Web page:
Cuban cinema to be represented by nine films in the Havana Film Festival

I recall past Festivals, when the renowned and much admired Argentine director Eliseo Subiela presented his Hombre mirando al sudeste and then El lado oscuro del corazón, and confessed to this paper that showing his films in Havana was a real gauge as to whether or not they worked.

Since this is a unique moment in the country's cinematic life, with productions from the Cuban Institute of Cinematographic Art and Industry (ICAIC) and so-called independent cinema, Cuban cinema is strongly represented in the Festival, with no less than nine feature films, the type of picture which truly sets the standard of an event of this level.

Robert Smith, president of ICAIC, said during an encounter previous to the December event (3rd to 13th), that Cuban cinema is distinguished as "a greater whole and we are part of it," for which "it is a pleasure, a joy for us to have so many films chosen to compete for the Coral awards."

It was a sign of respect that Smith, referring to the ratio of films, began precisely with the independent films that have a "high production value," of which we will outline certain features.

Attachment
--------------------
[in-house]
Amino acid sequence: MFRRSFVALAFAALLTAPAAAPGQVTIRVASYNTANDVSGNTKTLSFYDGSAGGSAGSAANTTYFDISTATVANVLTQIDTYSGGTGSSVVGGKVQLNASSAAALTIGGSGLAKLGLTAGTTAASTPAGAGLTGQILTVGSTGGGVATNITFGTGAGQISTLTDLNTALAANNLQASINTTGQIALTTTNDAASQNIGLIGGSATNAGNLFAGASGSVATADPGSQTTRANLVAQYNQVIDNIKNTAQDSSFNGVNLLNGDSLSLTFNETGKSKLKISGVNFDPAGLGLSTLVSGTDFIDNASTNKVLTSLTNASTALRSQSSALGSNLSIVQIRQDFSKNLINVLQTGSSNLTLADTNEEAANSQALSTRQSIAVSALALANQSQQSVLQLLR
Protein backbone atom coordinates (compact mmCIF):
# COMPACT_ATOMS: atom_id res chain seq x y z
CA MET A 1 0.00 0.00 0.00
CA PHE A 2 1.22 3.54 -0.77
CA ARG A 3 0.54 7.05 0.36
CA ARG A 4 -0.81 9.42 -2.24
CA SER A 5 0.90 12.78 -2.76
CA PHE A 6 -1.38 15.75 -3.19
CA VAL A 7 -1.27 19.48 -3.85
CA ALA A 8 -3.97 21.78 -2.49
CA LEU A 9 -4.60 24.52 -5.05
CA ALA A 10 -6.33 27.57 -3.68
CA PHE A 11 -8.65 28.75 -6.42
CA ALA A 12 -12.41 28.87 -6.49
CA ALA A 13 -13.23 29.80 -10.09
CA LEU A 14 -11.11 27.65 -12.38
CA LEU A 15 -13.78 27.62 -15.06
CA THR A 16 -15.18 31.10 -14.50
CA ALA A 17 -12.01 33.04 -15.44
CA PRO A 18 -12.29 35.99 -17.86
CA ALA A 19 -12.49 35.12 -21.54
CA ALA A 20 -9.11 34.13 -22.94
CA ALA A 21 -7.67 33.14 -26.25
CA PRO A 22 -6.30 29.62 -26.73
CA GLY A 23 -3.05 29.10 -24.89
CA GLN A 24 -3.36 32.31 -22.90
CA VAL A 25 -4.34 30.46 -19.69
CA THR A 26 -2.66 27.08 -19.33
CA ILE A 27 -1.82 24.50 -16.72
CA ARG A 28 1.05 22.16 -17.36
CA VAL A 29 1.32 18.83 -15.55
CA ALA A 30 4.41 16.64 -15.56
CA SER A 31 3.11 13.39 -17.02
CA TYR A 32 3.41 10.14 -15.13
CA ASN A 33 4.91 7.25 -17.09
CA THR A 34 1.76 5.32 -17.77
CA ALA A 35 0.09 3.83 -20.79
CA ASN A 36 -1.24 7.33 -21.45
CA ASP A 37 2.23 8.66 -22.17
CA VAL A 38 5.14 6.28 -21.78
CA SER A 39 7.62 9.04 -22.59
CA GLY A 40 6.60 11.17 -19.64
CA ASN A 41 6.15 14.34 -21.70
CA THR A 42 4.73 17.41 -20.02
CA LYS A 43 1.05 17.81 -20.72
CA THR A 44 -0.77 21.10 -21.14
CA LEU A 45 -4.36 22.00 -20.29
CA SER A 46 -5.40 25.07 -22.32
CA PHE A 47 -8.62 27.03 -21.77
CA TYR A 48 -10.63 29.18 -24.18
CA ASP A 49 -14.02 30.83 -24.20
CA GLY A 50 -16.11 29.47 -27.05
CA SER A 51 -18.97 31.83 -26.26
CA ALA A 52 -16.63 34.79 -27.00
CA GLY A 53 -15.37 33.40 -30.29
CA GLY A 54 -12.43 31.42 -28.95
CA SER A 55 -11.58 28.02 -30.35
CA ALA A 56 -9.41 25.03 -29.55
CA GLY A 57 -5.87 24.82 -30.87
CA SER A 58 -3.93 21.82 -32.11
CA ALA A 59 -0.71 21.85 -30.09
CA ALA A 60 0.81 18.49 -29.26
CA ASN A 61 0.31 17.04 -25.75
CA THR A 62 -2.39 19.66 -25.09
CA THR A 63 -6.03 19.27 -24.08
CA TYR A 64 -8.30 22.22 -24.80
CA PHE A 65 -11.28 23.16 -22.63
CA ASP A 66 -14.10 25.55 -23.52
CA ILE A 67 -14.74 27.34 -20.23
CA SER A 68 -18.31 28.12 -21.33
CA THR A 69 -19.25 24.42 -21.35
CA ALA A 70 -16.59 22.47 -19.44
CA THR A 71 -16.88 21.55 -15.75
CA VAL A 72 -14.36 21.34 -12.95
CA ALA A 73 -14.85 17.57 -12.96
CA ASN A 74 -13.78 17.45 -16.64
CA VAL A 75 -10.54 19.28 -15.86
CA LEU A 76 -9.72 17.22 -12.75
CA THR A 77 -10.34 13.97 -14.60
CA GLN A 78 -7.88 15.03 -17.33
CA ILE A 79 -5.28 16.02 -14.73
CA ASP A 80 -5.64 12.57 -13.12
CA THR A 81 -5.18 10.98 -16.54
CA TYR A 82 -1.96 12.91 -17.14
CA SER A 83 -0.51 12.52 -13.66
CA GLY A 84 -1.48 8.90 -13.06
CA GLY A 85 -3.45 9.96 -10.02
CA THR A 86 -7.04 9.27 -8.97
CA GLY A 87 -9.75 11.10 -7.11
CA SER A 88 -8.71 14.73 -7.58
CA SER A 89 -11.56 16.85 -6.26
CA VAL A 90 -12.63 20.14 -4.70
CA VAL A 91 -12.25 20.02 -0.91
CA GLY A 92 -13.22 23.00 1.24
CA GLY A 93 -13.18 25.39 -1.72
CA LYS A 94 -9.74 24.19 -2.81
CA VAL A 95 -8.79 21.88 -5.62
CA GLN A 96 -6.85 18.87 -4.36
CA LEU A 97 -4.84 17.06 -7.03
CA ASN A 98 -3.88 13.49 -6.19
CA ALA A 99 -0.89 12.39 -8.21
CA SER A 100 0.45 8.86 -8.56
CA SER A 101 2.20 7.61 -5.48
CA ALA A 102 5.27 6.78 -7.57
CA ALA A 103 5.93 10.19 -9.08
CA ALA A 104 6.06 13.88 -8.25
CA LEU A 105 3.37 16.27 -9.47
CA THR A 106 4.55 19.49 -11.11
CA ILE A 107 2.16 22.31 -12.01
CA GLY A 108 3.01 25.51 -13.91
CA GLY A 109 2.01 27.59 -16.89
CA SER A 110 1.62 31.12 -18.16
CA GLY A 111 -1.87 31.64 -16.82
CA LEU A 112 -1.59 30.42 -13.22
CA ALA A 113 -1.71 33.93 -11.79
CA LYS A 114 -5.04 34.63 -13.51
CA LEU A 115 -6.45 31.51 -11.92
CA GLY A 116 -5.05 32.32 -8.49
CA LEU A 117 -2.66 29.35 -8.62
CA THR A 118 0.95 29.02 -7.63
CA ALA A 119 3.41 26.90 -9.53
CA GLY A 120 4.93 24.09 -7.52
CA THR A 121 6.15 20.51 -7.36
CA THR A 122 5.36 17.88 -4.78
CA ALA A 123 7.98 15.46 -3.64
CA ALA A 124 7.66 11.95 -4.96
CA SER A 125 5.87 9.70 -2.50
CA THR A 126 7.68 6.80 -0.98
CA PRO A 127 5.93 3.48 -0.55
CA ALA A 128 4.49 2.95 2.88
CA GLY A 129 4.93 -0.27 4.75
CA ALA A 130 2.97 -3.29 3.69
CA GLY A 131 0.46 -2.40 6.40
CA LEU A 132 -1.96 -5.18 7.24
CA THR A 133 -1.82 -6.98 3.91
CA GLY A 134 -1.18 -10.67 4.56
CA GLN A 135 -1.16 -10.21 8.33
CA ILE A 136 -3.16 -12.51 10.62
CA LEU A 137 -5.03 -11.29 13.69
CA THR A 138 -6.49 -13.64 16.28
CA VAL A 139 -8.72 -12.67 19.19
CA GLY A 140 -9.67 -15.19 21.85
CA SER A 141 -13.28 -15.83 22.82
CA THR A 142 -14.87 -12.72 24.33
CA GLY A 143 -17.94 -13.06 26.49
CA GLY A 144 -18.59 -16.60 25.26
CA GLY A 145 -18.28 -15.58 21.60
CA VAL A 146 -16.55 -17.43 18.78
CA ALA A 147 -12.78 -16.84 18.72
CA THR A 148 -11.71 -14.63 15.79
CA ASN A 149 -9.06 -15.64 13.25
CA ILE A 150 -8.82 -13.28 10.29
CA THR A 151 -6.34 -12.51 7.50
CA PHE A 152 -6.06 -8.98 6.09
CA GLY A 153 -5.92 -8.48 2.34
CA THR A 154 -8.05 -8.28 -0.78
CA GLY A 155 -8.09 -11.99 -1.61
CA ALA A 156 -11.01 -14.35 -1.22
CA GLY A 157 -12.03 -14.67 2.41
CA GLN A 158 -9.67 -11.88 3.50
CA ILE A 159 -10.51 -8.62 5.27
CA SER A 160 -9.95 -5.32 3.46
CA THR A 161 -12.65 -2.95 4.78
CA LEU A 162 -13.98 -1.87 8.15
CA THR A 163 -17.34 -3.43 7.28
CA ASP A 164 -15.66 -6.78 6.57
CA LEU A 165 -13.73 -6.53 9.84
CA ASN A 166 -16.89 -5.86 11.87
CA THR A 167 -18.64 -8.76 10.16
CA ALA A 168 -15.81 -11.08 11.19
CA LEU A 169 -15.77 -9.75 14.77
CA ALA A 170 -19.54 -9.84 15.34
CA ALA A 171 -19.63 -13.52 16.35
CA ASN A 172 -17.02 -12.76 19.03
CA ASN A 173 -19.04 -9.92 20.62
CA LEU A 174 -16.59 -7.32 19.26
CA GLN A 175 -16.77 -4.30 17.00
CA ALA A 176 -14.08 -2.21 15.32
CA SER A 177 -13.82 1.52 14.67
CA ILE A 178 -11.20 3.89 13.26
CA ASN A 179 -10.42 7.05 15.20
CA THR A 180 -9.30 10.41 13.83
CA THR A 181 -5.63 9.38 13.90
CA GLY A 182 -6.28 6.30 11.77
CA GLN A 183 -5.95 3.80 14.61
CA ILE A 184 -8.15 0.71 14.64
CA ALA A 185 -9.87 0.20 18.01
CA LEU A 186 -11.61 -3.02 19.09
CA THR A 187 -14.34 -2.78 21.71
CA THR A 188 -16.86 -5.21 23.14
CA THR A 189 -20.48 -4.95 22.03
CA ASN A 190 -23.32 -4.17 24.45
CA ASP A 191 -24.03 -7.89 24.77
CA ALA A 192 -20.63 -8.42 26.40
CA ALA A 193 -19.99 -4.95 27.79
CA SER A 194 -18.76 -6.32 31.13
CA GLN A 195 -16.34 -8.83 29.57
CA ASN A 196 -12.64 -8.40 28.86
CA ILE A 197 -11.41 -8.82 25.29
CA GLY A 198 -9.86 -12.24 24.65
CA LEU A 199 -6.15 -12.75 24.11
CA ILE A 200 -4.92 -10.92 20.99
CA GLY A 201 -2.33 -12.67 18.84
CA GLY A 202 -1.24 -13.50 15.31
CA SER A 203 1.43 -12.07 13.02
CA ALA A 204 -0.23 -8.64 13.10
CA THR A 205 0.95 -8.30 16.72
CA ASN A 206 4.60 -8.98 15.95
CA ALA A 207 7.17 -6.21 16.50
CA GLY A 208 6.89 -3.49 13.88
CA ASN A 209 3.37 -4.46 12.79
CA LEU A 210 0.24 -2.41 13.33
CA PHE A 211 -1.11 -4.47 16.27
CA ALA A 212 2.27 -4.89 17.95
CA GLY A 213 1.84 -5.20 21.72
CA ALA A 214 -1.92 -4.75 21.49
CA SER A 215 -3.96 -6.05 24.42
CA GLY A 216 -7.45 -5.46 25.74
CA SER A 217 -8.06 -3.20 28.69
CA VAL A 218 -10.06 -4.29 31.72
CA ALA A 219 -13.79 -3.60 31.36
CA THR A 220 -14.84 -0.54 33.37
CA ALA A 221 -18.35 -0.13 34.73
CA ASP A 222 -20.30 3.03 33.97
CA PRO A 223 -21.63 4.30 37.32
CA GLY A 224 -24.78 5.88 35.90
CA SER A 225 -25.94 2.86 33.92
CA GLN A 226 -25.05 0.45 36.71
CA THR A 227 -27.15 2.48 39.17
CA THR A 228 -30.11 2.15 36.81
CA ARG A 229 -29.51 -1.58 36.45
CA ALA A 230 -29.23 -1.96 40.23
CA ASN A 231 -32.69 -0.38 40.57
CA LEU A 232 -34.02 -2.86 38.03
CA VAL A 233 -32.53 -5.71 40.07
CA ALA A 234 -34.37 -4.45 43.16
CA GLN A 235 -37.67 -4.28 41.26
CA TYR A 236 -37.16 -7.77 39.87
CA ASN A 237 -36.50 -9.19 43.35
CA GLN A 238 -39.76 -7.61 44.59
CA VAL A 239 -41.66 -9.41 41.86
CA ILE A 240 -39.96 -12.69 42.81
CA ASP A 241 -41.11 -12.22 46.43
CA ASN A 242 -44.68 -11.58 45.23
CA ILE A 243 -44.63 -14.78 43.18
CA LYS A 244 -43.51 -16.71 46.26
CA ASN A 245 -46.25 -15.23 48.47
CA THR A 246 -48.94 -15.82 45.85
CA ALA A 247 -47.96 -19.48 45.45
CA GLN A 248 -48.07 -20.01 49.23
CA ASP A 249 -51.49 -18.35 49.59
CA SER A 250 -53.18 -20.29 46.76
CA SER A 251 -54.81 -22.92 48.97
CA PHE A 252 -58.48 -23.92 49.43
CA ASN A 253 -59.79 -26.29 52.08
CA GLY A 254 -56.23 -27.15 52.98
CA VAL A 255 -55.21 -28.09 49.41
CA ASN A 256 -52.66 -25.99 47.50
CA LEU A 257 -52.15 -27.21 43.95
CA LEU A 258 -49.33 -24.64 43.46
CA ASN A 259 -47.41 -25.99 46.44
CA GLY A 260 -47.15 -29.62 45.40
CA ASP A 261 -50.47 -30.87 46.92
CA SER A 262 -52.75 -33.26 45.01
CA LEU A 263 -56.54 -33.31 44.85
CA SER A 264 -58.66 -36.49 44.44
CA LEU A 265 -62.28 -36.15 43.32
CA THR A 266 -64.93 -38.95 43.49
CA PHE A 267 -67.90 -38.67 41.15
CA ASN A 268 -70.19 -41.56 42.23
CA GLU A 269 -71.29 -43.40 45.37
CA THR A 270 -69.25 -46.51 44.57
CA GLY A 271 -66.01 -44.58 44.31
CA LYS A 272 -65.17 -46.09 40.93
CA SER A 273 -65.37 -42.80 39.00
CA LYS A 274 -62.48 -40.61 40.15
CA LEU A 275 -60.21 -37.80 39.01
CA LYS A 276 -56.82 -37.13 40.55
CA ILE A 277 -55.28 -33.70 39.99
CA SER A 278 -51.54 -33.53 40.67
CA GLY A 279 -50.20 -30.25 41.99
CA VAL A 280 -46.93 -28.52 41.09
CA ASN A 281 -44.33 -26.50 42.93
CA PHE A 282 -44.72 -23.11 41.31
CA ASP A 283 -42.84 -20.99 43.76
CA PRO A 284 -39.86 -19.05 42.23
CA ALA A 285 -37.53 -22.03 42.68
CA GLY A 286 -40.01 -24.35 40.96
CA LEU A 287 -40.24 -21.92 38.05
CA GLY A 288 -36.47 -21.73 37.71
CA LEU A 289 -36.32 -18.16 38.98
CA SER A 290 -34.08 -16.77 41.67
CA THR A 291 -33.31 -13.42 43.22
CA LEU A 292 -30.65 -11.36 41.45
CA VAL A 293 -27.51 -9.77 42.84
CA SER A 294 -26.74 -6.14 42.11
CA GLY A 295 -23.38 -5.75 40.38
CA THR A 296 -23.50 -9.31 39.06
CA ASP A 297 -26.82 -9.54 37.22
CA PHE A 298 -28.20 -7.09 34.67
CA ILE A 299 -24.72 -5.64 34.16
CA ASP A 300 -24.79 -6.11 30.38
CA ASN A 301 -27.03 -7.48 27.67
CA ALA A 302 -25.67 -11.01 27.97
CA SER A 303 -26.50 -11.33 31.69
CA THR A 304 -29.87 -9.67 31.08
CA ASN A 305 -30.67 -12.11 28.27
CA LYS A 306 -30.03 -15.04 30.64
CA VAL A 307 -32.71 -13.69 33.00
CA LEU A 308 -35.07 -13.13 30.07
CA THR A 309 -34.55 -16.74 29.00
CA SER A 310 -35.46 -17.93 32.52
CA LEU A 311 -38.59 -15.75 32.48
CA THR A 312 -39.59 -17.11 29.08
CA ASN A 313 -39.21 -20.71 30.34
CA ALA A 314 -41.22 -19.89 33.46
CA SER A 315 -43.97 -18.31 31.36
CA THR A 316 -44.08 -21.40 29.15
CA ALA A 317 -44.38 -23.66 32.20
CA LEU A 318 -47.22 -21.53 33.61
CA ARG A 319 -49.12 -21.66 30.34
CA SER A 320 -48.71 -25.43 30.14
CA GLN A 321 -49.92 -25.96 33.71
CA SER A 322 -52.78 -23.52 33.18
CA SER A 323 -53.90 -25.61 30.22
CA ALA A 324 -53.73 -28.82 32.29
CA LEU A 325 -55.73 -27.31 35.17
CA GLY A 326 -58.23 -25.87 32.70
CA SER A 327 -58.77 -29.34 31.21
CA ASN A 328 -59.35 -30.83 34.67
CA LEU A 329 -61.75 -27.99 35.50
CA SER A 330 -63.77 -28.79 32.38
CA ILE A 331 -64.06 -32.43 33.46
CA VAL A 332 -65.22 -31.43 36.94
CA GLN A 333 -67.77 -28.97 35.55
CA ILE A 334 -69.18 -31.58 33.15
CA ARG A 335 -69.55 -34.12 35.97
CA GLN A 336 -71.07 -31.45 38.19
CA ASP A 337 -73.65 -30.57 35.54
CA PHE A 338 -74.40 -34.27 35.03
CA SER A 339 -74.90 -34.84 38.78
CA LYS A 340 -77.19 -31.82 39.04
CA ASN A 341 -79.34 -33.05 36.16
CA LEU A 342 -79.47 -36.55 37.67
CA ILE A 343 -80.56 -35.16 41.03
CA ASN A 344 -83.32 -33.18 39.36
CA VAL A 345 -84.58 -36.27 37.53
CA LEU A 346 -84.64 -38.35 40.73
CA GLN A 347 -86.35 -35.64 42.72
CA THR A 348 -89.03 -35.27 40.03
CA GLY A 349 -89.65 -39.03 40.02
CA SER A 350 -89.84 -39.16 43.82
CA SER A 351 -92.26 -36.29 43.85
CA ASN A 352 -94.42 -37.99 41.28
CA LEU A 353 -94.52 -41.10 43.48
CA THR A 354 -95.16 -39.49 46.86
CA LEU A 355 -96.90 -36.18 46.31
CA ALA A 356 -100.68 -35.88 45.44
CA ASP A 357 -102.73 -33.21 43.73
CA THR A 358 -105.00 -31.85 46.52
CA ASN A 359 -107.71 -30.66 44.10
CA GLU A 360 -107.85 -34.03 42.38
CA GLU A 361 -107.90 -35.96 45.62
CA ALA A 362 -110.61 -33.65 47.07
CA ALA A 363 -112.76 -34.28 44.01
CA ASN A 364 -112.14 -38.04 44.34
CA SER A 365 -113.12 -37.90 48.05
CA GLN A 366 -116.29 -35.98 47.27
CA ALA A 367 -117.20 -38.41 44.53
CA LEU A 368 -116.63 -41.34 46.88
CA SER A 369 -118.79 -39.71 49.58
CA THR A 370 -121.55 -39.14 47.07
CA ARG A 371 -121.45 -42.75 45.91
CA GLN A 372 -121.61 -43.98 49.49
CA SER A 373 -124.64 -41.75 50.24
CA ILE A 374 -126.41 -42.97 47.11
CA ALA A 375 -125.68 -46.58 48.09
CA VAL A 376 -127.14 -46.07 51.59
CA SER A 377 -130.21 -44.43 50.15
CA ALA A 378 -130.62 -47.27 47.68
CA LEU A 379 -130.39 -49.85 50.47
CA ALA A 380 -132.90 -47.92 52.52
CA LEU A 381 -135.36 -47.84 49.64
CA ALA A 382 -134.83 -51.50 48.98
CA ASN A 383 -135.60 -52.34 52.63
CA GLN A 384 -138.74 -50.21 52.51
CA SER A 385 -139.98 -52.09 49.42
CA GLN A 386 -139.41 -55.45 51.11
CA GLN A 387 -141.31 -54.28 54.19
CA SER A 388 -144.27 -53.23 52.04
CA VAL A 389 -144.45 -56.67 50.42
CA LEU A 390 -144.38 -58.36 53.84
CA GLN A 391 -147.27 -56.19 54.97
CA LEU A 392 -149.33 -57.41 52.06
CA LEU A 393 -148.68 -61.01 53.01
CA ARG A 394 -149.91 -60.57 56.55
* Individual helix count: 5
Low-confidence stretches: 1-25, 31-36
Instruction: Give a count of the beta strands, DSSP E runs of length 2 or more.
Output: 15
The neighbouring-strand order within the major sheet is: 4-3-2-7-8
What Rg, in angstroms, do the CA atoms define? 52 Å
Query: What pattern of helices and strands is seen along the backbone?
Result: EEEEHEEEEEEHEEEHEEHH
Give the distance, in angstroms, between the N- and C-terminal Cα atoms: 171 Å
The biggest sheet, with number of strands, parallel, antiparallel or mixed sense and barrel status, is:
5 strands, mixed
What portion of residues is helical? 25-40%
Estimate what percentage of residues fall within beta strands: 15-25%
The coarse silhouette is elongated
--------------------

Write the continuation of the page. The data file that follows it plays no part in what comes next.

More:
Perhaps the most talked about among these independent films is El acompañante, the third offering from director Pavel Giroud (La edad de la peseta and Tres veces dos,ICAIC co-productions).

According to certain interviews given by Giroud, the film received financing from France, Panama, Venezuela and Cuba, and the leading role is played by the famous singer Yotuel Romero, of the rap group, Orishas.

The synopsis states that "the plot is set during the early stages of the AIDS epidemic in Cuba, when HIV-positive patients were admitted to the Los Cocos specialized hospital, and they had the opportunity to go out once a week to see their families, partners or friends under the supervision of a "companion". This work was performed by health professionals, students linked to medical sciences or people who were seeking the job due to its more than appealing salary".

Carlos M. Quintela returns with a second feature film La obra del siglo (after debuting with La Piscina in 2011), which premiered at the 14th ICAIC Young Filmmakers Showcase.